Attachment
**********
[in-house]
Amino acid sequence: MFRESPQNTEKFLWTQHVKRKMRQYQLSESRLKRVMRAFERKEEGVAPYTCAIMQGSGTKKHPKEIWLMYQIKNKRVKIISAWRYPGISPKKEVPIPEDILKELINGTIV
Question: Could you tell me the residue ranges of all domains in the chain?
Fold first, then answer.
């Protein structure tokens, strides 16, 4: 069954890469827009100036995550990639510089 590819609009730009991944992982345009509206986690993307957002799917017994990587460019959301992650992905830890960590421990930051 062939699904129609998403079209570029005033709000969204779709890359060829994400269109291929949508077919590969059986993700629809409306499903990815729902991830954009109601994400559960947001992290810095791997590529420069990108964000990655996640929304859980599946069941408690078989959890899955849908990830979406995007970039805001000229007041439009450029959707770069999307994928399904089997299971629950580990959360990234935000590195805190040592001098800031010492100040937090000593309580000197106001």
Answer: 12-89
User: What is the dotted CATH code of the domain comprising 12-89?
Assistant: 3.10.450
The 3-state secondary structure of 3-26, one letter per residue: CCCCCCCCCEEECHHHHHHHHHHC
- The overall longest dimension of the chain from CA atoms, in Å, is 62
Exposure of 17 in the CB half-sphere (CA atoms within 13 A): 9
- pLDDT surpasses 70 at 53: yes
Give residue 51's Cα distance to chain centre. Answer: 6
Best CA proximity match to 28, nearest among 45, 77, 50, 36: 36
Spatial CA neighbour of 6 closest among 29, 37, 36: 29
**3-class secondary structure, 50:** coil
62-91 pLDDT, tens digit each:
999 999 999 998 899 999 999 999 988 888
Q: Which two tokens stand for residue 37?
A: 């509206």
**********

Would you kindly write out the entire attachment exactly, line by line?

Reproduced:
[in-house]
Amino acid sequence: MFRESPQNTEKFLWTQHVKRKMRQYQLSESRLKRVMRAFERKEEGVAPYTCAIMQGSGTKKHPKEIWLMYQIKNKRVKIISAWRYPGISPKKEVPIPEDILKELINGTIV
Question: Could you tell me the residue ranges of all domains in the chain?
Fold first, then answer.
């Protein structure tokens, strides 16, 4: 069954890469827009100036995550990639510089 590819609009730009991944992982345009509206986690993307957002799917017994990587460019959301992650992905830890960590421990930051 062939699904129609998403079209570029005033709000969204779709890359060829994400269109291929949508077919590969059986993700629809409306499903990815729902991830954009109601994400559960947001992290810095791997590529420069990108964000990655996640929304859980599946069941408690078989959890899955849908990830979406995007970039805001000229007041439009450029959707770069999307994928399904089997299971629950580990959360990234935000590195805190040592001098800031010492100040937090000593309580000197106001």
Answer: 12-89
User: What is the dotted CATH code of the domain comprising 12-89?
Assistant: 3.10.450
The 3-state secondary structure of 3-26, one letter per residue: CCCCCCCCCEEECHHHHHHHHHHC
- The overall longest dimension of the chain from CA atoms, in Å, is 62
Exposure of 17 in the CB half-sphere (CA atoms within 13 A): 9
- pLDDT surpasses 70 at 53: yes
Give residue 51's Cα distance to chain centre. Answer: 6
Best CA proximity match to 28, nearest among 45, 77, 50, 36: 36
Spatial CA neighbour of 6 closest among 29, 37, 36: 29
**3-class secondary structure, 50:** coil
62-91 pLDDT, tens digit each:
999 999 999 998 899 999 999 999 988 888
Q: Which two tokens stand for residue 37?
A: 């509206």